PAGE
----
The Large Balloon Reflector Being Set Up For Launch
A new technology which aims to raise a telescope directly into space, nestled inside a balloon the size of a football field, has been in the works in 2014 but is now becoming a reality.
Christopher Walker, an astronomy professor and professor of optical sciences and electrical engineering at the University of Arizona, won Phase 2 funding from the program two years ago and is now seeing his concept come to life.
The large balloon reflector, as Walker named it, consist of an inflatable, half-aluminized spherical reflector inside a much larger stratospheric balloon. The outer balloon would also act as protection for the telescope once in position outside Earth’s atmosphere.
Walker said he hopes to launch the balloon to about 120,000 feet above Earth. It would act as a particularly powerful telescope, free from almost 99 percent of the atmospheric absorption that keeps telescopes on Earth from seeing certain wavelengths of light, which would allow the telescope to scan the universe in far infrared.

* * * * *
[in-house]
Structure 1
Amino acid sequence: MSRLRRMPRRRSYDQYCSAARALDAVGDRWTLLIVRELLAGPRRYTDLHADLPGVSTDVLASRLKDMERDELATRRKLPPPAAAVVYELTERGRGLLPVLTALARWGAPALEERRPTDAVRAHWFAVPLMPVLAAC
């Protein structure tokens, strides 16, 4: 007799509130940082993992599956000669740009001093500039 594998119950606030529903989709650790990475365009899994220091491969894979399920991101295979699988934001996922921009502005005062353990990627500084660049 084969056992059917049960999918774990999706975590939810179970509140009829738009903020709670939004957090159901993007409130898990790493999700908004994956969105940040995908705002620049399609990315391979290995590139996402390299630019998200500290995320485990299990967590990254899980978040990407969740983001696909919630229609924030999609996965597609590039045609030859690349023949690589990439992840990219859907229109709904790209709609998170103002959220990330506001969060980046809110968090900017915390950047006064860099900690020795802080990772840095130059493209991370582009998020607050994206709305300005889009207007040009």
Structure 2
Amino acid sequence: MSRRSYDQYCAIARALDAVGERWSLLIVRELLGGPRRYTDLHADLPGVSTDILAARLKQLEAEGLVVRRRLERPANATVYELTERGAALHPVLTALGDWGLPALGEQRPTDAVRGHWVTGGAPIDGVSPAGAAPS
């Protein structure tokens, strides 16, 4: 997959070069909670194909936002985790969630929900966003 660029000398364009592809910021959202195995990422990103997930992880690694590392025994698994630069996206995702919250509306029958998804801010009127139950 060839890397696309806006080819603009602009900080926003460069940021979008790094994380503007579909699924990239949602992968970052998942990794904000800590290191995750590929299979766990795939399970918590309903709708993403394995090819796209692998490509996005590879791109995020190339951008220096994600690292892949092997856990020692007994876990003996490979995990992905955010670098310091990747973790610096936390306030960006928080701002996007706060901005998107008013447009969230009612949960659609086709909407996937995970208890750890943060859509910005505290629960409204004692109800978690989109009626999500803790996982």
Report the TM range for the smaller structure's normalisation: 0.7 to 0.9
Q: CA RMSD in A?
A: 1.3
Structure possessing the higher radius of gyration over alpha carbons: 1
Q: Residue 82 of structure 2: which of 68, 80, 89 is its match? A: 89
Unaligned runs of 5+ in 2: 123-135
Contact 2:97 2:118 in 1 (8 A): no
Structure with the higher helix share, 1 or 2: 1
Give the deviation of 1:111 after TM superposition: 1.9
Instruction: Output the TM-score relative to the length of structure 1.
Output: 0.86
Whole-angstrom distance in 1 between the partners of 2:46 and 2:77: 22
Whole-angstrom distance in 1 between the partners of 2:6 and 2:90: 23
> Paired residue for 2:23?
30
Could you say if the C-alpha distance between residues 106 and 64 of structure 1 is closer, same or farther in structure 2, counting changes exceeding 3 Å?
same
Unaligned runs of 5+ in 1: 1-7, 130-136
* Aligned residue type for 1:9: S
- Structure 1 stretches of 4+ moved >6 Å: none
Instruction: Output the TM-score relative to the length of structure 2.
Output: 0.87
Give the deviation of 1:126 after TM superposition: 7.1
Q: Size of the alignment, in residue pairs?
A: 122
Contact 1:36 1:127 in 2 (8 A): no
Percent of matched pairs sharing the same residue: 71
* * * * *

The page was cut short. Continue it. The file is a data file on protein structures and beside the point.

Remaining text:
Measuring those wavelengths could help scientists not only see stars that already exist, but also pinpoint where new stars are likely to form, NASA officials said in a statement.
It could sense changes in the Earth’s atmosphere and greenhouse gases and eventually become a hub for telecommunication.
Instead of sitting back to watch his concept come to life, Walker and his team are now working on a space-based version of LBR, which he’s calling the Terahertz Space Telescope that would monitor space for the formation and evolution of galaxies. Once in space, the instrument would shed the large outer balloon and leave the balloon’s spherical reflector.
“It’s a tough road ahead, but we’ll keep pushing forward,” Walker said. “I’m hopeful I can get people motivated and excited about the concept … to think outside the box.”